Since I started writing about aspects of disability, people who deal with various challenges have become friends and colleagues, and I've become a fan of their art.
|Belo Cipriani at El Rio|
As with my previous novel, I'd like to mention the terrific writers who blurbed my book, but who also did more. What's interesting is how the people who helped me write my last two books have stepped outside their comfort zones to push their boundaries.
Belo Cipriani is not only an author and educator. He's also a representative for Guide Dogs for the Blind. And he likes to entertain fans at readings.
Here's Belo at a Literary Death Match event a while back:
And he does stand-up comedy, which is a very brave risk to take. I recently attended a Comedy Returns night at El Rio where Belo performed. His new guide dog only slightly upstaged him (see the photo above).
Here's Belo's blurb of my new book:
"With lively, electric prose, Provenzano conjures an epic love story. He reminds the reader that there's always something after the murkiest of fates and will make the doubtful believe in romance again. Message of Love makes a significant contribution to disability and queer literature while touching the heart of the general reader."
Thanks to Belo!
One of several artists who offered pointers on Message of Love is Joel Brown, a member of AXIS Dance.
Recently dubbed "Superman in a wheelchair" by the Bay Area Reporter's dance critic, Brown's also an accomplished musician. And while he's not like my fictional character Everett (sorry, guys, he's straight), his energy and curiosity are engaging.
Here's Joel doing part of his workout in a park in Oakland. Check out the shoulders on his guy!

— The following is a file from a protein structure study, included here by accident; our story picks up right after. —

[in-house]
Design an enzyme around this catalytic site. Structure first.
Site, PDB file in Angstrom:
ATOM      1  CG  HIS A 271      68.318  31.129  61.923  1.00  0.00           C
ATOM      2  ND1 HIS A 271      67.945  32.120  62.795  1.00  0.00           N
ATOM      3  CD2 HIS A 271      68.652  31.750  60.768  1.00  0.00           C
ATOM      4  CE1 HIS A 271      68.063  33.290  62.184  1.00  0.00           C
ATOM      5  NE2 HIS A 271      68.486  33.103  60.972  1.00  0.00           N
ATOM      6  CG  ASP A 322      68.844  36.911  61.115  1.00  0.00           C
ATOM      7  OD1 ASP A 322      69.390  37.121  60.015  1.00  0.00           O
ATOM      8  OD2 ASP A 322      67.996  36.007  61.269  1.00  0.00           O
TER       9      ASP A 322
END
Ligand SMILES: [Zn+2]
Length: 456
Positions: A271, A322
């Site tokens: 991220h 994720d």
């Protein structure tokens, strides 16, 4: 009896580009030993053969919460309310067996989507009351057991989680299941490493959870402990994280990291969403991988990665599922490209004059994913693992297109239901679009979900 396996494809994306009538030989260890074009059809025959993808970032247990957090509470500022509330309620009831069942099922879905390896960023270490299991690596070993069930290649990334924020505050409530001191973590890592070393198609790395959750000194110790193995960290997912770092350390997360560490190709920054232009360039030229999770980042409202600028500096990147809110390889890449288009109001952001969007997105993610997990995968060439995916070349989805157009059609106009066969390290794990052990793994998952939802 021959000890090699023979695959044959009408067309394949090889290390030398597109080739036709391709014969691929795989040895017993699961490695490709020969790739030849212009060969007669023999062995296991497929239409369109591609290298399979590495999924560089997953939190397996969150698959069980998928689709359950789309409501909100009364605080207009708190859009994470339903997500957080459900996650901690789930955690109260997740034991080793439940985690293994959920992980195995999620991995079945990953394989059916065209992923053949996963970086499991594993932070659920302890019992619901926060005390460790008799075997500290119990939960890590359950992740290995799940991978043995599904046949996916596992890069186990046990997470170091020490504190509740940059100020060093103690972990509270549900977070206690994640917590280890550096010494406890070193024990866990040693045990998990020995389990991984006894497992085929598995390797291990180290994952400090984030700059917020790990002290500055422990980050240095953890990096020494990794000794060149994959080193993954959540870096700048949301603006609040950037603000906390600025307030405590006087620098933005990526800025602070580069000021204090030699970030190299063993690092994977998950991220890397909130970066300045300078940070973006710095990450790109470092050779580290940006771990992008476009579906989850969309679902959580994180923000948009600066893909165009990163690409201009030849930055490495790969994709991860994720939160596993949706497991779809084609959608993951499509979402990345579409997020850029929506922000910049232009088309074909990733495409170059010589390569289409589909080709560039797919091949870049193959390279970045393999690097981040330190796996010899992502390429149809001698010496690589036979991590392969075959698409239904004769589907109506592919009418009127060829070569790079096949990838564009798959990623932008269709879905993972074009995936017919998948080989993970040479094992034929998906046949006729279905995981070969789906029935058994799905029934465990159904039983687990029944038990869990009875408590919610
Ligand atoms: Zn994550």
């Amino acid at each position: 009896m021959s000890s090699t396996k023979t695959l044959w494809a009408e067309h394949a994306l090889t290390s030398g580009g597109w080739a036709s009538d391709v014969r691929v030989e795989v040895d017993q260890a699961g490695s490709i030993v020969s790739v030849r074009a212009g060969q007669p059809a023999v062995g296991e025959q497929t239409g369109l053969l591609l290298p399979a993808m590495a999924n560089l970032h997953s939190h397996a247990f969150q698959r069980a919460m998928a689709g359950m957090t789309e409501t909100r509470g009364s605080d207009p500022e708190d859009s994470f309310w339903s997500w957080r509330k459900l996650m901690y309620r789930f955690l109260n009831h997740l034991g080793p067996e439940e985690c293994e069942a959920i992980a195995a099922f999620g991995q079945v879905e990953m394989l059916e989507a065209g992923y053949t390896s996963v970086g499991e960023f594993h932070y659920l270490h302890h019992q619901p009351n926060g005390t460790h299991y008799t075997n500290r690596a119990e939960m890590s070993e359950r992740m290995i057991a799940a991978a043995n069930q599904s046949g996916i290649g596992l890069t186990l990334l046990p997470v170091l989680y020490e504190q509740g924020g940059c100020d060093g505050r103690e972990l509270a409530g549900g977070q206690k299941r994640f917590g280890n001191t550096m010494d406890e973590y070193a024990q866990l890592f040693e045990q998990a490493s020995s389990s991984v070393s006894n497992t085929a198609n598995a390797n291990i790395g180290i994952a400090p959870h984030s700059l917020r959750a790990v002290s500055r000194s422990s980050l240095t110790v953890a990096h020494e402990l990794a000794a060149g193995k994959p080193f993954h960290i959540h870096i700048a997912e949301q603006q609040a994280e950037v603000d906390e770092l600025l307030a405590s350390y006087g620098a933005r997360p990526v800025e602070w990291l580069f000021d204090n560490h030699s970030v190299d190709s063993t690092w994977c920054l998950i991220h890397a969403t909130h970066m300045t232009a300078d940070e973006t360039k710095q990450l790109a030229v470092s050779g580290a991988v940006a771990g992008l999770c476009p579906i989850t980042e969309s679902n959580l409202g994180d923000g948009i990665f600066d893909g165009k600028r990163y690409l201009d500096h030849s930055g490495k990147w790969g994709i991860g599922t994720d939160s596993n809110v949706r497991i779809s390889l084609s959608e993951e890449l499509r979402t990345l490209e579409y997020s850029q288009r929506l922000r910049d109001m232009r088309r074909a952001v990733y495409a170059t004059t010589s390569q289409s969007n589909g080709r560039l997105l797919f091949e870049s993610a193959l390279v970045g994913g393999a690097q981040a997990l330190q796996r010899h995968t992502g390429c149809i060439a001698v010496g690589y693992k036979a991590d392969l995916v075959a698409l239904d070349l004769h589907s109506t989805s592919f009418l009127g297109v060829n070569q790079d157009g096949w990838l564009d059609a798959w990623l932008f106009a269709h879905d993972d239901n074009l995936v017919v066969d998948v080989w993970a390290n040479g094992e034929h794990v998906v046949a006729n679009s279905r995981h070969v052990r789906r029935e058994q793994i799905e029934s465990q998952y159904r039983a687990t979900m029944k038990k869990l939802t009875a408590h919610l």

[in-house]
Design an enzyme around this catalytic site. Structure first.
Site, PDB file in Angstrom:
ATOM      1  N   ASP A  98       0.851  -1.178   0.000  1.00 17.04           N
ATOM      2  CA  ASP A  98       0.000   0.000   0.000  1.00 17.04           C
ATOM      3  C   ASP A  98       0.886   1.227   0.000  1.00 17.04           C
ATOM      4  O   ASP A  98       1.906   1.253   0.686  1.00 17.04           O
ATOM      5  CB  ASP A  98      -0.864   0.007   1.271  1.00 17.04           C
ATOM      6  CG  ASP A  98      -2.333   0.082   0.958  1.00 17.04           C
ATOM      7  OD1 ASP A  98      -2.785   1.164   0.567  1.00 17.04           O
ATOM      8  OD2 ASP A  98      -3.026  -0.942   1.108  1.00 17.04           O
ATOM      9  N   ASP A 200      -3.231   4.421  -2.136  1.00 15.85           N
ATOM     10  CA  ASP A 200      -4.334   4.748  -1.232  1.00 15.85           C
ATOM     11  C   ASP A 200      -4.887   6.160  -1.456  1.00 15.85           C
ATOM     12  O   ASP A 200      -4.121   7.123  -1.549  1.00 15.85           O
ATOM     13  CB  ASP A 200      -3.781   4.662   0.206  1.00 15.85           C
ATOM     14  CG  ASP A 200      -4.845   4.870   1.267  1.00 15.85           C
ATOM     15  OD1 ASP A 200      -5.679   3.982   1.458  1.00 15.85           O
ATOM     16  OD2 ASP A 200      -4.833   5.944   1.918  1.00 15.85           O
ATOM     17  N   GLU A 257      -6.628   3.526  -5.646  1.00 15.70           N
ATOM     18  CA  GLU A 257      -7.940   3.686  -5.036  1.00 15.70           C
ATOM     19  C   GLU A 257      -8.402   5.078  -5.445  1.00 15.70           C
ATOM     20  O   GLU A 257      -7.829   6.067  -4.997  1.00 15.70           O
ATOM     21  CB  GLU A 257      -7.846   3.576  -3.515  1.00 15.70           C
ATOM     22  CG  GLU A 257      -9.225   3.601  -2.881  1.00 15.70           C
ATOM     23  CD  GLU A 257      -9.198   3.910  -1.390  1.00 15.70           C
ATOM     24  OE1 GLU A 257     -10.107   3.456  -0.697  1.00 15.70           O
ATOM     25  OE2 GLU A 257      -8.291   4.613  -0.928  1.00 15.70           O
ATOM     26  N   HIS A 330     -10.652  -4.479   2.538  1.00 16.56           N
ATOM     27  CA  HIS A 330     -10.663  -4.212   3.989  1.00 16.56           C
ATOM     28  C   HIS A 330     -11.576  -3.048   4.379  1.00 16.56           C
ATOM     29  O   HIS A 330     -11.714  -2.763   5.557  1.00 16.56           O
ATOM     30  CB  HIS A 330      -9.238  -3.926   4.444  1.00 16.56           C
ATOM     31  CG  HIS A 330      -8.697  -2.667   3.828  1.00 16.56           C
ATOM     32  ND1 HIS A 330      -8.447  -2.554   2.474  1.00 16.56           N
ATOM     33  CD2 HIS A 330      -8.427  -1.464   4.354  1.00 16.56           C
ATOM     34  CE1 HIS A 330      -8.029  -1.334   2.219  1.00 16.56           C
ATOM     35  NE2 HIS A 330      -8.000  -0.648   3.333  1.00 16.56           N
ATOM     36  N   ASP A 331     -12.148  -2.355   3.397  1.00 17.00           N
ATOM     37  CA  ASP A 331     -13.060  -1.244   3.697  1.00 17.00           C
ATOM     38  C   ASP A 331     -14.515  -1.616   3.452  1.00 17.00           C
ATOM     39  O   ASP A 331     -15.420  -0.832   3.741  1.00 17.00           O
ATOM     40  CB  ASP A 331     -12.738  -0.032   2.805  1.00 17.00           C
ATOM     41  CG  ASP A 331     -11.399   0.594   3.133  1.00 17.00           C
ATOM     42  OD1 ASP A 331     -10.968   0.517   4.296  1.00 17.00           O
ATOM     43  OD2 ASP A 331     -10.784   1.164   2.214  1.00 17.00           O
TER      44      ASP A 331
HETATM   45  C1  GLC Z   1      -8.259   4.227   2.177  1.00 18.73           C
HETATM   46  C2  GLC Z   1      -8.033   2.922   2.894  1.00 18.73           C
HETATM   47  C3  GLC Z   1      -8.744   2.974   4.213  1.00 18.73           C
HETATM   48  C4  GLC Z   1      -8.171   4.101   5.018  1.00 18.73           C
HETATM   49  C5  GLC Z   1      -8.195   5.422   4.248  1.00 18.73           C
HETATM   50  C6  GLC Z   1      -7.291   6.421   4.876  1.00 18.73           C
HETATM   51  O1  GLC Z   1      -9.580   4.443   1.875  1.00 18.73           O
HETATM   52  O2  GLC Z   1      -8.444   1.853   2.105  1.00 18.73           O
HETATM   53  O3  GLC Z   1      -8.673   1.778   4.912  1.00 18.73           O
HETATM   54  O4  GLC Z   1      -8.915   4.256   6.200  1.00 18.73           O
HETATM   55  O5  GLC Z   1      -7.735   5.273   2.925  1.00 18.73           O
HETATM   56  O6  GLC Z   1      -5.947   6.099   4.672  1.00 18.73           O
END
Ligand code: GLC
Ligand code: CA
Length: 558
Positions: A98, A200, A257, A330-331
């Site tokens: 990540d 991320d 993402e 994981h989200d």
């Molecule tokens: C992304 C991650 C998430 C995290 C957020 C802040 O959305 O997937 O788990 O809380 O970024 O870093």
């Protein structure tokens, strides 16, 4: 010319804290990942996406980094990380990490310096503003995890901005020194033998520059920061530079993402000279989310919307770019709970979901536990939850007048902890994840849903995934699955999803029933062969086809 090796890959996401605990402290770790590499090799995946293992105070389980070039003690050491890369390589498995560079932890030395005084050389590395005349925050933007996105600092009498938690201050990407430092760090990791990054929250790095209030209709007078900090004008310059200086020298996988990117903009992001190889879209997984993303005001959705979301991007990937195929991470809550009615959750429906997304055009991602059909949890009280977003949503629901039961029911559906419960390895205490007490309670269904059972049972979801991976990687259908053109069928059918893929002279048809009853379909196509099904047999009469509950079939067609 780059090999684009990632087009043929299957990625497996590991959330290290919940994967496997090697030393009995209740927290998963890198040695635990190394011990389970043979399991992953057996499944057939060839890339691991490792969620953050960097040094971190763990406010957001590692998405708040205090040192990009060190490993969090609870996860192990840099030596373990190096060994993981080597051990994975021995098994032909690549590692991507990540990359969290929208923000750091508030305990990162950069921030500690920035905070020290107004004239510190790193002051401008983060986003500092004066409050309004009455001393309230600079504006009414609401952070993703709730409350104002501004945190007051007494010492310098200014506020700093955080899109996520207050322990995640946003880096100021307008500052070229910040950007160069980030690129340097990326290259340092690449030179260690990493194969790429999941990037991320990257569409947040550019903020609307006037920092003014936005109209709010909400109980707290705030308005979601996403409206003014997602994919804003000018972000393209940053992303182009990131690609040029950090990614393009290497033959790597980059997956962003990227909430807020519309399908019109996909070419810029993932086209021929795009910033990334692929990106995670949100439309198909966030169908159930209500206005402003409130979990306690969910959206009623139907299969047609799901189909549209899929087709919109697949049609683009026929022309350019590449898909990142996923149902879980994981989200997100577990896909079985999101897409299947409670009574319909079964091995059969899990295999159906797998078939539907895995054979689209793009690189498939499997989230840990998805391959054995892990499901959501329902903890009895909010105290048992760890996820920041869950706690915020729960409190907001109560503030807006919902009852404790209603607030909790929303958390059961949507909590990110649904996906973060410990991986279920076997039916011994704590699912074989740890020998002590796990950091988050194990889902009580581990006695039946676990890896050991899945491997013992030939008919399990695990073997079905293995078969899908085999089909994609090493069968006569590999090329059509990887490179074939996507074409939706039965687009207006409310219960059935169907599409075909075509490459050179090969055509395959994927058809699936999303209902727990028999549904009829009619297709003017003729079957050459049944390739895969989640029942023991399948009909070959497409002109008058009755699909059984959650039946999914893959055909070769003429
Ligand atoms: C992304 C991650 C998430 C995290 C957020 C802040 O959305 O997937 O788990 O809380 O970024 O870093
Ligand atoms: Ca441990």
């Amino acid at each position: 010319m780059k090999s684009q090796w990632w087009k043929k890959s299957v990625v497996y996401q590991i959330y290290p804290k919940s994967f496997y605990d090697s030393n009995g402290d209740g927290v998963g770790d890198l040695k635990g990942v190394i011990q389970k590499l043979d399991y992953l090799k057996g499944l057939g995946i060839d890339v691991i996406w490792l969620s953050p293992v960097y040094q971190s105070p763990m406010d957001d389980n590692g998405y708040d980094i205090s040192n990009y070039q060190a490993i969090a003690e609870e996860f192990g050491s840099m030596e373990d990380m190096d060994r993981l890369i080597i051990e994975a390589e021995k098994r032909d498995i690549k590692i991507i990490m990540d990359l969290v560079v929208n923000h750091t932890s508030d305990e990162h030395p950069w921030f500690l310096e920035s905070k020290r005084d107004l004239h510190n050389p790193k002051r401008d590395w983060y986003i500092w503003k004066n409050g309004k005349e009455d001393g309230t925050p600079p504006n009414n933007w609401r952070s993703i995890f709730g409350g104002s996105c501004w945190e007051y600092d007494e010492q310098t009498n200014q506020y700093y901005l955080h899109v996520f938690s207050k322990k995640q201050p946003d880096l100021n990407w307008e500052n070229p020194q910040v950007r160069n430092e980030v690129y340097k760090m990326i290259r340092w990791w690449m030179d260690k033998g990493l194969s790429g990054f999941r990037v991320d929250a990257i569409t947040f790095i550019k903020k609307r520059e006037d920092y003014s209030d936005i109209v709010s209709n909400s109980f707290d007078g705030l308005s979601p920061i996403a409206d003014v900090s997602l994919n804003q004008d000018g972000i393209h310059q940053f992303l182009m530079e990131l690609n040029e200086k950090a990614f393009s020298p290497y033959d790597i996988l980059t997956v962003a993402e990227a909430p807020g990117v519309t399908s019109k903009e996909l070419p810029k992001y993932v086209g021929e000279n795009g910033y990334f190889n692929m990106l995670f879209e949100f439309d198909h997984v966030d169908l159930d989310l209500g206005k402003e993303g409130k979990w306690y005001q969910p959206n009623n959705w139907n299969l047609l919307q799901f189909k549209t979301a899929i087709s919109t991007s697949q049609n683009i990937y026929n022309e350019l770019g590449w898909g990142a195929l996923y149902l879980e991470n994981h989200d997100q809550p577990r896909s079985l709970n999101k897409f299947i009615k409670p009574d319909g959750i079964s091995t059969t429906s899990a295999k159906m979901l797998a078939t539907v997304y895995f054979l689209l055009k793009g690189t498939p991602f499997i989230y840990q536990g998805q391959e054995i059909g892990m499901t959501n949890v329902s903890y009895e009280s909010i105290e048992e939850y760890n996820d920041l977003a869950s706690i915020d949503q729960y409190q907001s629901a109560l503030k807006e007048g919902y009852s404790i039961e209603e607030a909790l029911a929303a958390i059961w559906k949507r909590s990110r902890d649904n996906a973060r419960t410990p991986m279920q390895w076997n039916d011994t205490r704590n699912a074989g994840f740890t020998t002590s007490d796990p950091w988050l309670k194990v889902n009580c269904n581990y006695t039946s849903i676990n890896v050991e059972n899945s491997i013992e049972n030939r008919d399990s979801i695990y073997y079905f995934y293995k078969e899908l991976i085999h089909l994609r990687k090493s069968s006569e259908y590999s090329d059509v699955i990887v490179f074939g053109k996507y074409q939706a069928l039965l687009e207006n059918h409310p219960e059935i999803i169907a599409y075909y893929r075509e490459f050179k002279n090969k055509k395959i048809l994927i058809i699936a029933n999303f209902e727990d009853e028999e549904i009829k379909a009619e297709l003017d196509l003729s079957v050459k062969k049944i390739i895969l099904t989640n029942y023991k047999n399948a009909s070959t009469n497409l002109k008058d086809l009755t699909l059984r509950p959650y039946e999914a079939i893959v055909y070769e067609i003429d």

After performing in AXIS Dance's premiere of new works at their recent home season, Brown recently performed a workshop version of a solo work that combines his music, some stories, and some pretty astounding physical movement. Look for a video on Mark McBeth's site soon. In the meantime, check out Joel's music videos here.
One could easily imagine my fictional character Everett Forrester doing such a workout as shown above. Except with Message of Love being set in the early 1980s, I'm not sure he'd have a such newer and light enough chair or straps to do pullups in his chair, so I didn't write such a description, but you get the point.
And speaking risk-taking, imagine being asked to make a stripped-down acoustic version of a popular rock song from the 1980s. Dudley Saunders did that for my book trailer, and you can download the song here.
In my fiction, I've characterized good people pushing their boundaries, people with values and goals. And by some good fortune, I've been able to meet such people as well.
Which, again, is why I don't write about zombies.